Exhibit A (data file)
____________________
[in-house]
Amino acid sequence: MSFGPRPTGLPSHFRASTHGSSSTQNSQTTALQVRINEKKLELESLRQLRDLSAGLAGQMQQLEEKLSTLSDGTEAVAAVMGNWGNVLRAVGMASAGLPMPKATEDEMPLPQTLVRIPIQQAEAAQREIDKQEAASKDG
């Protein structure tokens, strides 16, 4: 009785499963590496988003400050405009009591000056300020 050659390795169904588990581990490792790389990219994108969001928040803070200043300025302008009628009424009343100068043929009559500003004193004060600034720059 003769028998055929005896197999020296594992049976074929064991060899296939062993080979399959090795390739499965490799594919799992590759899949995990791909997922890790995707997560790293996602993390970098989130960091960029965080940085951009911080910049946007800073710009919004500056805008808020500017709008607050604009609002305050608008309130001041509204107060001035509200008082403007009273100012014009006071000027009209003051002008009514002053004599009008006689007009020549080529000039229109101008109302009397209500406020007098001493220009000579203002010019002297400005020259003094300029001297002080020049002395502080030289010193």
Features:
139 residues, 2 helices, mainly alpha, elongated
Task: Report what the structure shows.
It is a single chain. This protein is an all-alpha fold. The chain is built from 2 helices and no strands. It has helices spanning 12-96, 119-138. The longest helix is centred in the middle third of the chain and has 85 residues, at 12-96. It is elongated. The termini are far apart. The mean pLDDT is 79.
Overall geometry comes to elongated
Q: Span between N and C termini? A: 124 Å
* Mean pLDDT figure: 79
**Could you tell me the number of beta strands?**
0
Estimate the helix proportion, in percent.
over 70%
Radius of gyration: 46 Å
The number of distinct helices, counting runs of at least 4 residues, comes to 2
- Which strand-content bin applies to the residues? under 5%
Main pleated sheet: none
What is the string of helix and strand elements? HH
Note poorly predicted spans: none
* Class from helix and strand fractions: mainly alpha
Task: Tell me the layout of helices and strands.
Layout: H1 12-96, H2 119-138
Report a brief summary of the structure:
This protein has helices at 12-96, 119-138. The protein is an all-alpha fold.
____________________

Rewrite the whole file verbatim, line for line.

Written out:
[in-house]
Amino acid sequence: MSFGPRPTGLPSHFRASTHGSSSTQNSQTTALQVRINEKKLELESLRQLRDLSAGLAGQMQQLEEKLSTLSDGTEAVAAVMGNWGNVLRAVGMASAGLPMPKATEDEMPLPQTLVRIPIQQAEAAQREIDKQEAASKDG
């Protein structure tokens, strides 16, 4: 009785499963590496988003400050405009009591000056300020 050659390795169904588990581990490792790389990219994108969001928040803070200043300025302008009628009424009343100068043929009559500003004193004060600034720059 003769028998055929005896197999020296594992049976074929064991060899296939062993080979399959090795390739499965490799594919799992590759899949995990791909997922890790995707997560790293996602993390970098989130960091960029965080940085951009911080910049946007800073710009919004500056805008808020500017709008607050604009609002305050608008309130001041509204107060001035509200008082403007009273100012014009006071000027009209003051002008009514002053004599009008006689007009020549080529000039229109101008109302009397209500406020007098001493220009000579203002010019002297400005020259003094300029001297002080020049002395502080030289010193």
Features:
139 residues, 2 helices, mainly alpha, elongated
Task: Report what the structure shows.
It is a single chain. This protein is an all-alpha fold. The chain is built from 2 helices and no strands. It has helices spanning 12-96, 119-138. The longest helix is centred in the middle third of the chain and has 85 residues, at 12-96. It is elongated. The termini are far apart. The mean pLDDT is 79.
Overall geometry comes to elongated
Q: Span between N and C termini? A: 124 Å
* Mean pLDDT figure: 79
**Could you tell me the number of beta strands?**
0
Estimate the helix proportion, in percent.
over 70%
Radius of gyration: 46 Å
The number of distinct helices, counting runs of at least 4 residues, comes to 2
- Which strand-content bin applies to the residues? under 5%
Main pleated sheet: none
What is the string of helix and strand elements? HH
Note poorly predicted spans: none
* Class from helix and strand fractions: mainly alpha
Task: Tell me the layout of helices and strands.
Layout: H1 12-96, H2 119-138
Report a brief summary of the structure:
This protein has helices at 12-96, 119-138. The protein is an all-alpha fold.